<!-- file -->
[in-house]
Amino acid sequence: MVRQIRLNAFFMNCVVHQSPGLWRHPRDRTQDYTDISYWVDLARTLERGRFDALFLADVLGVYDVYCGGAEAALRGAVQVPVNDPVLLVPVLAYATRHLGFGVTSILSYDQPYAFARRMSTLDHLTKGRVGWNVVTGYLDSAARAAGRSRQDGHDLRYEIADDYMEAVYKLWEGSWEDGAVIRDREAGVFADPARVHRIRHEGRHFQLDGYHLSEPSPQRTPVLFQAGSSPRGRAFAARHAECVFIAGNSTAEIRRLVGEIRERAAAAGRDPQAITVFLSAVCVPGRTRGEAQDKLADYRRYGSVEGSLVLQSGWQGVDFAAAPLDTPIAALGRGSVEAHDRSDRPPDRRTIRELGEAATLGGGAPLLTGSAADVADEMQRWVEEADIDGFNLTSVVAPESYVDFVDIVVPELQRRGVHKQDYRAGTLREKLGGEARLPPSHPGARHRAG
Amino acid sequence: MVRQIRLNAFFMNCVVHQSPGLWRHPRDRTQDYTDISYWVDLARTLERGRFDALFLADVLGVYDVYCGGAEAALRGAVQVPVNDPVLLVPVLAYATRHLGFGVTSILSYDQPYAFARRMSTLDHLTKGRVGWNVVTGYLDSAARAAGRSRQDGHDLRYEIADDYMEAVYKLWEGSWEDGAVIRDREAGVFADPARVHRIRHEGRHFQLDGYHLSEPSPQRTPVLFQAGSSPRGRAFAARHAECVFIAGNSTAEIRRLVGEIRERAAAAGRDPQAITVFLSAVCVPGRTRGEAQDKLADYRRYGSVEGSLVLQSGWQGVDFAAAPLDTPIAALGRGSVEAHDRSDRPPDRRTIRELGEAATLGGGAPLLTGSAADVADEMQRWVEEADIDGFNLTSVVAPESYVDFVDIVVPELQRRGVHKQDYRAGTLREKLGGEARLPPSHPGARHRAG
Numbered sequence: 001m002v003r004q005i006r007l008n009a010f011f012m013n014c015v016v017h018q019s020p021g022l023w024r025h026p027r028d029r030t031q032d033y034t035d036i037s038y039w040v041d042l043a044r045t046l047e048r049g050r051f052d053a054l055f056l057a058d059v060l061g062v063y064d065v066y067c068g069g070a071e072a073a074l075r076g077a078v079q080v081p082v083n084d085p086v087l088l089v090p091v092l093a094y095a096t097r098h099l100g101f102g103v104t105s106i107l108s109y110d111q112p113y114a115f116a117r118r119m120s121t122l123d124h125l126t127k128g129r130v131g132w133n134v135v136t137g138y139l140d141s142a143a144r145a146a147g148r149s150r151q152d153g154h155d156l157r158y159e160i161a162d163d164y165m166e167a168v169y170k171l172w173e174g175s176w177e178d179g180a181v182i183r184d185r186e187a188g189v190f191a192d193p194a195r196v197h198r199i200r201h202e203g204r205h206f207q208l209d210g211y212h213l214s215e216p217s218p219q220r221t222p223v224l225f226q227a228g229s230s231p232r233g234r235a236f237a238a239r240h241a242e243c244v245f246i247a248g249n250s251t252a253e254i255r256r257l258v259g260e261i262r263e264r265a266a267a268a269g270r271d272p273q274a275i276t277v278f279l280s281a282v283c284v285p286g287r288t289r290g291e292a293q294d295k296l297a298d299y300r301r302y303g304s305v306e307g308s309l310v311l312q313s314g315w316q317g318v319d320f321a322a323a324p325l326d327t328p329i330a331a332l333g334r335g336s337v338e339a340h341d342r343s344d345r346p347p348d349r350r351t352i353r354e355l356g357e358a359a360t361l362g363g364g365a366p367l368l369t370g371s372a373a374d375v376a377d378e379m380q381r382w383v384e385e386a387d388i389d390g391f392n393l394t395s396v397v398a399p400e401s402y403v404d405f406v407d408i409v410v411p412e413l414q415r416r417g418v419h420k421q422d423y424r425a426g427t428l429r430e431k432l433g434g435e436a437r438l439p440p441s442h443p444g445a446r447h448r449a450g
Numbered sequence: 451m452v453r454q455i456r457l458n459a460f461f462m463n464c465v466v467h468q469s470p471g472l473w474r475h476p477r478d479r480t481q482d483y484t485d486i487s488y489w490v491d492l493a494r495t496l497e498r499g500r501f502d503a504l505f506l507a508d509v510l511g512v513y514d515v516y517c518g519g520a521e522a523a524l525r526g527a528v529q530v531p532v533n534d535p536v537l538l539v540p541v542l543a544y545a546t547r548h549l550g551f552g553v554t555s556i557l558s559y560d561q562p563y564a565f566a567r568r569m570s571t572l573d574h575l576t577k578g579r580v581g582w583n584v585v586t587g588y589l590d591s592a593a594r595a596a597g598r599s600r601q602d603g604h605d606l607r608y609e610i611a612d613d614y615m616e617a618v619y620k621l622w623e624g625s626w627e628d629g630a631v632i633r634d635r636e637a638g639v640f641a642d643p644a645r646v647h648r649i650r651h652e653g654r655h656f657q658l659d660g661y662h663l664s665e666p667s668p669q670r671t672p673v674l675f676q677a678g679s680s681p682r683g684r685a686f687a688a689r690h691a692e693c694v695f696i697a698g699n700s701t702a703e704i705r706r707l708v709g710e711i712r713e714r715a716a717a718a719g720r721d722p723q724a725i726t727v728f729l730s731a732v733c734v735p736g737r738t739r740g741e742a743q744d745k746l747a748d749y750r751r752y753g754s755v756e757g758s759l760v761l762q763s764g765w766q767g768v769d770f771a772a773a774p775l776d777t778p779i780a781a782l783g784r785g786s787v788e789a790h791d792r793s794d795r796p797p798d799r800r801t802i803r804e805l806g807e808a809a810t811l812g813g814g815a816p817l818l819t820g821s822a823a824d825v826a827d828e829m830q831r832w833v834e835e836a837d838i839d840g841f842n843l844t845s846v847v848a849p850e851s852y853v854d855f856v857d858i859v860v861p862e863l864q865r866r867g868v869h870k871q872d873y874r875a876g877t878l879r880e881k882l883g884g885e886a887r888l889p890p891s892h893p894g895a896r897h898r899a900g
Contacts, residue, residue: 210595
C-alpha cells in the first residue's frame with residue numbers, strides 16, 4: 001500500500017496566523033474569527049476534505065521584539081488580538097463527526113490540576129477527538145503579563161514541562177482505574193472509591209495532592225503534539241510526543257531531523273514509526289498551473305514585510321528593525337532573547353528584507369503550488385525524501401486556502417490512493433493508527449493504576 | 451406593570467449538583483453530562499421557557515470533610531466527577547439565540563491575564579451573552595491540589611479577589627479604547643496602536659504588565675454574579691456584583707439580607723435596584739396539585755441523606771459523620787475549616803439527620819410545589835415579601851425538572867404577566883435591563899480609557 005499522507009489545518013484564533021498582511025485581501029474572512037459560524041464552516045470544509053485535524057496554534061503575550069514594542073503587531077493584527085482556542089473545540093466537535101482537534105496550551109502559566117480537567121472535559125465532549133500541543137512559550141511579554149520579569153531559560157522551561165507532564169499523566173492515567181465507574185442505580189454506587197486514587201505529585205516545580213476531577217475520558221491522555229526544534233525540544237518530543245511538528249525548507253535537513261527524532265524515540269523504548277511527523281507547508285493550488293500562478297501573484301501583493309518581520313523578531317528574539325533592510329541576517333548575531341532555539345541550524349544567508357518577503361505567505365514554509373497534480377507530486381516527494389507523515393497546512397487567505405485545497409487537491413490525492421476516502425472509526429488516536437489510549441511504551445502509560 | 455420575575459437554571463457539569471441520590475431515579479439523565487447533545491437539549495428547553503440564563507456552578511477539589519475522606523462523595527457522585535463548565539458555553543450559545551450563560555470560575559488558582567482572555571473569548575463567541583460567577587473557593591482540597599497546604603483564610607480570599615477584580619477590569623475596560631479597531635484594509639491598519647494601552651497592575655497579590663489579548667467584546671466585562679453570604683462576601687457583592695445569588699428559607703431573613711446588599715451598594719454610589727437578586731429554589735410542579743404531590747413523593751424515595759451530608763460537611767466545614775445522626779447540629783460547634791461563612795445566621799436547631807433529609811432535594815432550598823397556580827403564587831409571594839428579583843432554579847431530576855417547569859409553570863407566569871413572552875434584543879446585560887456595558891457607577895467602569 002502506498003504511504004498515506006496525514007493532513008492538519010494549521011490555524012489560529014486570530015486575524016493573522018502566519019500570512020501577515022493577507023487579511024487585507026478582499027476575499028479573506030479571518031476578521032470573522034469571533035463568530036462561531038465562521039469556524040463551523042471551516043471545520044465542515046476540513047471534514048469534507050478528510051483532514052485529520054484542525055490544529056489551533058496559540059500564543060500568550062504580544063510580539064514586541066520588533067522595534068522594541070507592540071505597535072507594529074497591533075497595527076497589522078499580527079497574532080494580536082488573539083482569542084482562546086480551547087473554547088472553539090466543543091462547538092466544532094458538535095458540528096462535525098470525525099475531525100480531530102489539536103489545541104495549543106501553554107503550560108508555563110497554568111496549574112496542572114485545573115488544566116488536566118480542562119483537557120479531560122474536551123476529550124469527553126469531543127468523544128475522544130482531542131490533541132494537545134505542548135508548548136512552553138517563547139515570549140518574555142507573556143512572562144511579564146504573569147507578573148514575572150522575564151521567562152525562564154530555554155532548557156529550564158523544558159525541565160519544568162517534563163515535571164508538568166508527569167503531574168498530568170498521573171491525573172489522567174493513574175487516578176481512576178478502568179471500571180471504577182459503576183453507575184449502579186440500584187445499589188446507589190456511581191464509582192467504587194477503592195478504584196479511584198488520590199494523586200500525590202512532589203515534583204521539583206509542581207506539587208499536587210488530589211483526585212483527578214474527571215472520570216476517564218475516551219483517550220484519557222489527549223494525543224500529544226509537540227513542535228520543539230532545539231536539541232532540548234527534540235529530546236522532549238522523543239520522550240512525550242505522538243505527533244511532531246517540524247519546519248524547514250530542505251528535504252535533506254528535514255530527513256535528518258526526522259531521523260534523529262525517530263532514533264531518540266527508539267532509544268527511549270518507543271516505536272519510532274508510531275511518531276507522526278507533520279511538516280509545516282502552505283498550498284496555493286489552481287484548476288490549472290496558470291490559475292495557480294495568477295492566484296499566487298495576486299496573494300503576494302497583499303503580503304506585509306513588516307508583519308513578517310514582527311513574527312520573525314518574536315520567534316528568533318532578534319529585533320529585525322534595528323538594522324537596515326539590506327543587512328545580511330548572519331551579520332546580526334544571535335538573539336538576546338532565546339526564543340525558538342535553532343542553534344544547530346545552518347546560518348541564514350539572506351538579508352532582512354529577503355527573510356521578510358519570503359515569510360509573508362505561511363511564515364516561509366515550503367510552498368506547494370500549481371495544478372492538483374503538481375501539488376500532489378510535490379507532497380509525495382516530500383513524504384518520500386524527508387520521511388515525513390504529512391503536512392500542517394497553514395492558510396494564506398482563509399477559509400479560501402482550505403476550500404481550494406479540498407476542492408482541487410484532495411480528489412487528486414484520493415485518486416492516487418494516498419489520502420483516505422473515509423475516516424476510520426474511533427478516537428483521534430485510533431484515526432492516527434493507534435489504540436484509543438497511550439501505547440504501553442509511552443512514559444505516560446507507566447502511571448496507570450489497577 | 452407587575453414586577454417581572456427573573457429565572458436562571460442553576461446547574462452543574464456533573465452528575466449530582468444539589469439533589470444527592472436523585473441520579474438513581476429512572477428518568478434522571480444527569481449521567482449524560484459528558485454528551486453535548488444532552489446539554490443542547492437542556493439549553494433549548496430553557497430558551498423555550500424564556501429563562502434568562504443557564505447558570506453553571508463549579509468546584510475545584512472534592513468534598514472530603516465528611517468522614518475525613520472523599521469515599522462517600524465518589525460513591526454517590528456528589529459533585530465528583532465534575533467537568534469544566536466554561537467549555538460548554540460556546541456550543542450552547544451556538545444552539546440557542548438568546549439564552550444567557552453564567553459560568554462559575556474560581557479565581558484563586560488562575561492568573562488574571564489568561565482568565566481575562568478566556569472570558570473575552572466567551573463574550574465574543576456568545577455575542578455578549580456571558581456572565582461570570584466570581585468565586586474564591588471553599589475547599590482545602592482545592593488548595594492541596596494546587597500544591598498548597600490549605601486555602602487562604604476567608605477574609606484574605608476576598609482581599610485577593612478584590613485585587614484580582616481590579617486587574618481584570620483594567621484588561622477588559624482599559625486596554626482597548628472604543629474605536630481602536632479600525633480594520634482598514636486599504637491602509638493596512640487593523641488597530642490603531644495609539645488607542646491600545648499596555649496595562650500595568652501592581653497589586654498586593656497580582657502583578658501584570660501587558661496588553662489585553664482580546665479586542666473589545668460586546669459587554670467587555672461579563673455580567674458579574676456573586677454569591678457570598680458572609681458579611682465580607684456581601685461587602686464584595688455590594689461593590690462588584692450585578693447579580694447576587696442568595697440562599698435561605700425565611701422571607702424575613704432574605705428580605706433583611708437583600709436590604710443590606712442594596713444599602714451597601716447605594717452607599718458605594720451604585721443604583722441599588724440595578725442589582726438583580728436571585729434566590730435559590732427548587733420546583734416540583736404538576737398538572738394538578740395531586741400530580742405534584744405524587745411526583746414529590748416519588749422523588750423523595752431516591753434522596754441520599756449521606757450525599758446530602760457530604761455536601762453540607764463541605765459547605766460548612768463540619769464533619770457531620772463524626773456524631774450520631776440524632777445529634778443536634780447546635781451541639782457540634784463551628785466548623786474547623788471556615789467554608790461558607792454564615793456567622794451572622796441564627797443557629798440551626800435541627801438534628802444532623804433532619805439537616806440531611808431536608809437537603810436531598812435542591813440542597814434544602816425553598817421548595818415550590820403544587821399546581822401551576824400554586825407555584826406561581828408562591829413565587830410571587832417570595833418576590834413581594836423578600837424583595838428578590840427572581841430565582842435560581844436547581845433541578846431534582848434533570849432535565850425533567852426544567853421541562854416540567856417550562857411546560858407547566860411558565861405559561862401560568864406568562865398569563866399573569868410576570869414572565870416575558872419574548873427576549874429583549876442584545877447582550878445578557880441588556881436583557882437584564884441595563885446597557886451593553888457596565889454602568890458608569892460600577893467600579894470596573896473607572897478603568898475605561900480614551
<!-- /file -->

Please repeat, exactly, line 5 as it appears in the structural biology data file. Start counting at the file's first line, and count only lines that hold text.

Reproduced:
Numbered sequence: 451m452v453r454q455i456r457l458n459a460f461f462m463n464c465v466v467h468q469s470p471g472l473w474r475h476p477r478d479r480t481q482d483y484t485d486i487s488y489w490v491d492l493a494r495t496l497e498r499g500r501f502d503a504l505f506l507a508d509v510l511g512v513y514d515v516y517c518g519g520a521e522a523a524l525r526g527a528v529q530v531p532v533n534d535p536v537l538l539v540p541v542l543a544y545a546t547r548h549l550g551f552g553v554t555s556i557l558s559y560d561q562p563y564a565f566a567r568r569m570s571t572l573d574h575l576t577k578g579r580v581g582w583n584v585v586t587g588y589l590d591s592a593a594r595a596a597g598r599s600r601q602d603g604h605d606l607r608y609e610i611a612d613d614y615m616e617a618v619y620k621l622w623e624g625s626w627e628d629g630a631v632i633r634d635r636e637a638g639v640f641a642d643p644a645r646v647h648r649i650r651h652e653g654r655h656f657q658l659d660g661y662h663l664s665e666p667s668p669q670r671t672p673v674l675f676q677a678g679s680s681p682r683g684r685a686f687a688a689r690h691a692e693c694v695f696i697a698g699n700s701t702a703e704i705r706r707l708v709g710e711i712r713e714r715a716a717a718a719g720r721d722p723q724a725i726t727v728f729l730s731a732v733c734v735p736g737r738t739r740g741e742a743q744d745k746l747a748d749y750r751r752y753g754s755v756e757g758s759l760v761l762q763s764g765w766q767g768v769d770f771a772a773a774p775l776d777t778p779i780a781a782l783g784r785g786s787v788e789a790h791d792r793s794d795r796p797p798d799r800r801t802i803r804e805l806g807e808a809a810t811l812g813g814g815a816p817l818l819t820g821s822a823a824d825v826a827d828e829m830q831r832w833v834e835e836a837d838i839d840g841f842n843l844t845s846v847v848a849p850e851s852y853v854d855f856v857d858i859v860v861p862e863l864q865r866r867g868v869h870k871q872d873y874r875a876g877t878l879r880e881k882l883g884g885e886a887r888l889p890p891s892h893p894g895a896r897h898r899a900g